Although foot and ankle surgeons are aware of the need for collection, they lack the time and resources to deal with these issues. Paying attention to these variables when running a podiatry practice can get busy. This impairs your ability to generate income and lowers the caliber of your services.
The study, diagnosis, and treatment (including surgical therapy) of the ankle, foot, and other related structures of the leg are all covered under the medical specialty known as podiatry. Similar to other professions, podiatry depends on a steady stream of collections to remain in business. In podiatry, there is a layer of modifiers for particular treatments as well as numerous regulations (insurance) that need to be followed in the right order.
Due to many operations being performed on the same organ or its structure, there are numerous codes that must be utilized when billing for reimbursements in podiatry. Therefore, the use of accurate modifiers is a bare minimum requirement to increase collections podiatry, reduce errors, and prevent declining revenues.
5 Tips To Increase Collections Podiatry
One of the few problems that can result from inaccurate coding and the improper application of modifiers in podiatry medical billing is this one. However, there are strategies to maximize reimbursement for podiatrist billing and guarantee consistent income. These are listed below:
The practitioner is required to check the patient’s insurance company and plans even before the service is provided to the patient. The podiatry practice, not the patient, is responsible for verifying the patient’s eligibility claims. Checking the patient’s eligibility for the procedure, comprehending the advantages the insurance provides, and minimizing denials are all made possible by confirming the insurance coverage. Every piece of information, including the patient’s name, insurance ID number, date of birth, residence, deductibles, and insurance, needs to be verified by the podiatrist office.
The use of the appropriate code for payment is one of the tricky aspects of podiatrist billing. The podiatrist office must utilize the most appropriate code for the patient’s operation. Along with HCPCS and CPT, accurate ICD-10 codes must be used.
Utilizing the Correct Modifier
Another key aspect of the claim form when billing is applying the proper modifier. When describing the procedure codes that were utilized on the date of the service, modifiers are helpful. In podiatry billing, “Q” modifiers are frequently used to designate the various classes of findings, such as Class A (Q7), Class B (Q8), and Class C. (Q9). Modifiers for questions Q7, Q8, and Q9 are used to describe a patient’s condition in their findings. Codes like 11055, 11056, 11719, 11720, 11721, or G0127 can also use Q modifiers.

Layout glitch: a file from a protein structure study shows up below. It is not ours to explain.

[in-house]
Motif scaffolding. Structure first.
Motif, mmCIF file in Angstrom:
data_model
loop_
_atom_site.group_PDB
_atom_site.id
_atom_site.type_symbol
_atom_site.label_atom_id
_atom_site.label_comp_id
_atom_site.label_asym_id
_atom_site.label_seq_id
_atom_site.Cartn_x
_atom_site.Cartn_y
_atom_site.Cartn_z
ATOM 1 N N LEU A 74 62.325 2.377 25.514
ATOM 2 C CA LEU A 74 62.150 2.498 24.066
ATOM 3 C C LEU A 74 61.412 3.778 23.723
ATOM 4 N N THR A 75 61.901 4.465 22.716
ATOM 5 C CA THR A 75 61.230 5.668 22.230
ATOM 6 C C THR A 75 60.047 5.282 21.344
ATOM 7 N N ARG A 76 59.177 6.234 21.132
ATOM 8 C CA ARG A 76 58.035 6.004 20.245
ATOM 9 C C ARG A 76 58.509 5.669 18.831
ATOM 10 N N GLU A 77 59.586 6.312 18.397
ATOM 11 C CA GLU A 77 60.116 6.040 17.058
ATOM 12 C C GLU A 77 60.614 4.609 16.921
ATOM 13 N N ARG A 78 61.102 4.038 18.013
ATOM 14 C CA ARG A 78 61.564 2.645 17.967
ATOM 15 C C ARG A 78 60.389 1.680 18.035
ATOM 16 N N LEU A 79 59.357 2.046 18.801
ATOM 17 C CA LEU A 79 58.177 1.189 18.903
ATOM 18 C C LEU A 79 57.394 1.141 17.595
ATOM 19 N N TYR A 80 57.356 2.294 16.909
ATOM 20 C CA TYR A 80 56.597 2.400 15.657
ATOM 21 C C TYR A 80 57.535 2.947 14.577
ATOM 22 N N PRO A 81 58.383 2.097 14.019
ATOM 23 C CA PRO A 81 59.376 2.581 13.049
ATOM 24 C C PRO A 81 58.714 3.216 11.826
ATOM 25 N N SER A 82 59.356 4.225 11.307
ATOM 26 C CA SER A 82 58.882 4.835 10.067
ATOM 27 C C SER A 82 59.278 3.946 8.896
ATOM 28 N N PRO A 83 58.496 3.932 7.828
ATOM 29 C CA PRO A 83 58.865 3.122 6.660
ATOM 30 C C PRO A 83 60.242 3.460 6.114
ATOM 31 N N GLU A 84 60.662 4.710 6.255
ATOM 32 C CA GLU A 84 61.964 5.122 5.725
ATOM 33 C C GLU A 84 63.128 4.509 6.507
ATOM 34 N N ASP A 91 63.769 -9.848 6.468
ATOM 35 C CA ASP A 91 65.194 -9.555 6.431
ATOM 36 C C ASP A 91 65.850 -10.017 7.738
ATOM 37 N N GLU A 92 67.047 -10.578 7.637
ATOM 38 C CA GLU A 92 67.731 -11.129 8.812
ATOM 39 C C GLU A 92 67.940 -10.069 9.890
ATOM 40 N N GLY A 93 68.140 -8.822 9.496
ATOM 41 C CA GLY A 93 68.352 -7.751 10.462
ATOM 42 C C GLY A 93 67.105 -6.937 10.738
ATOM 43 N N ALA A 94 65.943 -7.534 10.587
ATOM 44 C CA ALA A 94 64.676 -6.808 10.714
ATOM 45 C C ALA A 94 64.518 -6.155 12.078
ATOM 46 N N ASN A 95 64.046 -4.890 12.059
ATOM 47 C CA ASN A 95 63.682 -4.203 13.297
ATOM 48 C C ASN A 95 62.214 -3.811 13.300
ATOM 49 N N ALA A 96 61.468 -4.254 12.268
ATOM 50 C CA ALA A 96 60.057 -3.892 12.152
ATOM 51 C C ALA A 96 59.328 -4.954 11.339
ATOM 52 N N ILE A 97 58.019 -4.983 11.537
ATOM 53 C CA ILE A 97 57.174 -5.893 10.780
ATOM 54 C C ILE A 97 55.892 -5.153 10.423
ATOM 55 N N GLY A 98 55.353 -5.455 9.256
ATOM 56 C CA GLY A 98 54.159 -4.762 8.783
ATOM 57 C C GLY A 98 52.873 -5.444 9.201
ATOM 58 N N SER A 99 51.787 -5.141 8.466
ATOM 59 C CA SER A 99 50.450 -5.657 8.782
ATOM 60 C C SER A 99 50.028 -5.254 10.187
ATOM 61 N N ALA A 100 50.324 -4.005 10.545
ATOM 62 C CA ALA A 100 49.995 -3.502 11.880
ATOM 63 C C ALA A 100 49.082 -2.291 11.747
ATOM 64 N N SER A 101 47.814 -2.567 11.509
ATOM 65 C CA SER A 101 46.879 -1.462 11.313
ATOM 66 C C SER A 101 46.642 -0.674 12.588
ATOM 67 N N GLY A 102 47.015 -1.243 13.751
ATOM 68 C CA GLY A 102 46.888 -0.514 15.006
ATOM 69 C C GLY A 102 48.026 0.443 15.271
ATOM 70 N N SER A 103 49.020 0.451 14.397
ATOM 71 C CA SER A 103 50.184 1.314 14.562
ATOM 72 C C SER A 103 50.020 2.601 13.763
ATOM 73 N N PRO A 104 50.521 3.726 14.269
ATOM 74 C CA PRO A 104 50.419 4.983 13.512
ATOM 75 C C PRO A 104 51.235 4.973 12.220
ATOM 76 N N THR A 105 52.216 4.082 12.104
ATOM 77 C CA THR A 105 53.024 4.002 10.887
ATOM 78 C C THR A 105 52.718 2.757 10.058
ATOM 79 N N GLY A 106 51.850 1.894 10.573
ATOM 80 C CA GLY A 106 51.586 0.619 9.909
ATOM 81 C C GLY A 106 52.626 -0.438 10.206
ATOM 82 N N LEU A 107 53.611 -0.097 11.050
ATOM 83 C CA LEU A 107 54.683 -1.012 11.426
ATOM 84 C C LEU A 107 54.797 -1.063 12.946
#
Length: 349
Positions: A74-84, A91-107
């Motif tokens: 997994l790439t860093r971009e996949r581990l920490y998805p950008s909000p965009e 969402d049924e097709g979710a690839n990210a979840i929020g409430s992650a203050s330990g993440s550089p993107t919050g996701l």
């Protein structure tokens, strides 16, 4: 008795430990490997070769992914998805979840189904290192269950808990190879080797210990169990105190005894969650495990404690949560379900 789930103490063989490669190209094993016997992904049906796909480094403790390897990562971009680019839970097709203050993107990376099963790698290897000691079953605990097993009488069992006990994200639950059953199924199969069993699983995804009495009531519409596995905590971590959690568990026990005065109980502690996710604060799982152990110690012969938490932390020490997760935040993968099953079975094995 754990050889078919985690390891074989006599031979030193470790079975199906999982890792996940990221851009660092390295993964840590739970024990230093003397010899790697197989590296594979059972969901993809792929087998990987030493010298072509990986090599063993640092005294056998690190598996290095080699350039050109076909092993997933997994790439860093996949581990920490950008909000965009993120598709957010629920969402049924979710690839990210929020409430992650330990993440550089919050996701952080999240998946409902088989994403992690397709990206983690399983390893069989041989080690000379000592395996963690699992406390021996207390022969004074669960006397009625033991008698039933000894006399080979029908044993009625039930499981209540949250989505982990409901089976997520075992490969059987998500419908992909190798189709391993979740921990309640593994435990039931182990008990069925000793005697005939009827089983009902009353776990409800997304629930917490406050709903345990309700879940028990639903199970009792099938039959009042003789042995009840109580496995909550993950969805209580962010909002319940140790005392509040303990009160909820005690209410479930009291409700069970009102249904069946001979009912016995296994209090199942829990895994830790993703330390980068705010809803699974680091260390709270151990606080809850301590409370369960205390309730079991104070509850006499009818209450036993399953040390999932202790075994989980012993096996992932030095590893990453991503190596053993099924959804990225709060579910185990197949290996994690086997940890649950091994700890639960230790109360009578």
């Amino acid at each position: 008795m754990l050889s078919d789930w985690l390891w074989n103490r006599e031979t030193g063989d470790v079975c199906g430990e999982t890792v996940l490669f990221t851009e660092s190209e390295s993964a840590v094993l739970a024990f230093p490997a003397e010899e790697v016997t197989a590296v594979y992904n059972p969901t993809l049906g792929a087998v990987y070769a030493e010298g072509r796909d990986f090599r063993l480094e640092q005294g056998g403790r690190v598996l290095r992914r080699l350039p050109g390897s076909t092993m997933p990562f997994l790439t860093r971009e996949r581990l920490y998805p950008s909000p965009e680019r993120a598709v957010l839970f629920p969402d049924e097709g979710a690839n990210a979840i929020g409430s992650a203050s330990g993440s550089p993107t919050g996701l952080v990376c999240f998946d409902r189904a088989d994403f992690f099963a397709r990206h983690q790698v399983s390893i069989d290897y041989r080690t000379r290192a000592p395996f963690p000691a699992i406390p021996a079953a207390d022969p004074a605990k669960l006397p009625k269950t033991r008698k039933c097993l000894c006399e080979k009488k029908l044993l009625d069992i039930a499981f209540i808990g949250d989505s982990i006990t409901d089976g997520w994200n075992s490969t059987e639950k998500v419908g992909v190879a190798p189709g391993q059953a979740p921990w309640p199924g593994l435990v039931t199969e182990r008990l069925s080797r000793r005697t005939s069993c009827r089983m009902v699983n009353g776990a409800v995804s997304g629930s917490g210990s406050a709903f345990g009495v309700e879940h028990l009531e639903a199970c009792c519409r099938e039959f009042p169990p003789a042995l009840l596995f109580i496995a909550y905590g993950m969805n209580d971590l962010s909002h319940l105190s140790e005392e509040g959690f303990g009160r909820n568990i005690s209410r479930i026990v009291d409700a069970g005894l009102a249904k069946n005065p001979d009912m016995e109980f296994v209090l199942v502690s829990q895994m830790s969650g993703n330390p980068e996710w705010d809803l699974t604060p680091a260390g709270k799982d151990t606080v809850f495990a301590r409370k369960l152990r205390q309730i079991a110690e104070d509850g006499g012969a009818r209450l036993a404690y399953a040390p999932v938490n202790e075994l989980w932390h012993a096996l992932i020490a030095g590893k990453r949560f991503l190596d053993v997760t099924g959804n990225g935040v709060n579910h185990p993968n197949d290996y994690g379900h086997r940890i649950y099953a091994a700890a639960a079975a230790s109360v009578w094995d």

The Complications Procedure
When a patient has a complicated disease, the podiatry biller may occasionally need to perform a procedure, which makes the coding more difficult. The programmer must take the following actions in such a situation:
When billing for active care, the biller must include the patient’s name, the name of the doctor who initially diagnosed their disease, and the approximate date of their most recent visit to that doctor.
The biller must record both the diagnosis and the severity of the disease in addition to the diagnostic itself.
The podiatry clinic won’t be compensated for the service if the insurance declines to pay the claim or disputes it. Going through the Explanation of Benefits (EOB) provided by the insurance carrier is the next step in making a new claim. It will give you the explanation for the claim’s denial. Check the exceptions to the policy and resolve the problem that led to the claim being rejected. The biller must verify that the insurance company has received the claim after filing a new appeal and obtain a receipt. They should also verify online, follow up on the claim, and, if necessary, continue to do so for the following 30 days.
The likelihood of payment in podiatry medical billing would undoubtedly rise if the proper modifier was used and the claims were submitted promptly with the correct codes. However, because podiatry is a complicated area of medicine, filing successful claims can be challenging, particularly because the insurance provider and CMS frequently update and modify the rules. Working with a knowledgeable podiatrist billing and coding business in such a situation is the best approach to ensure that reimbursement are maximized.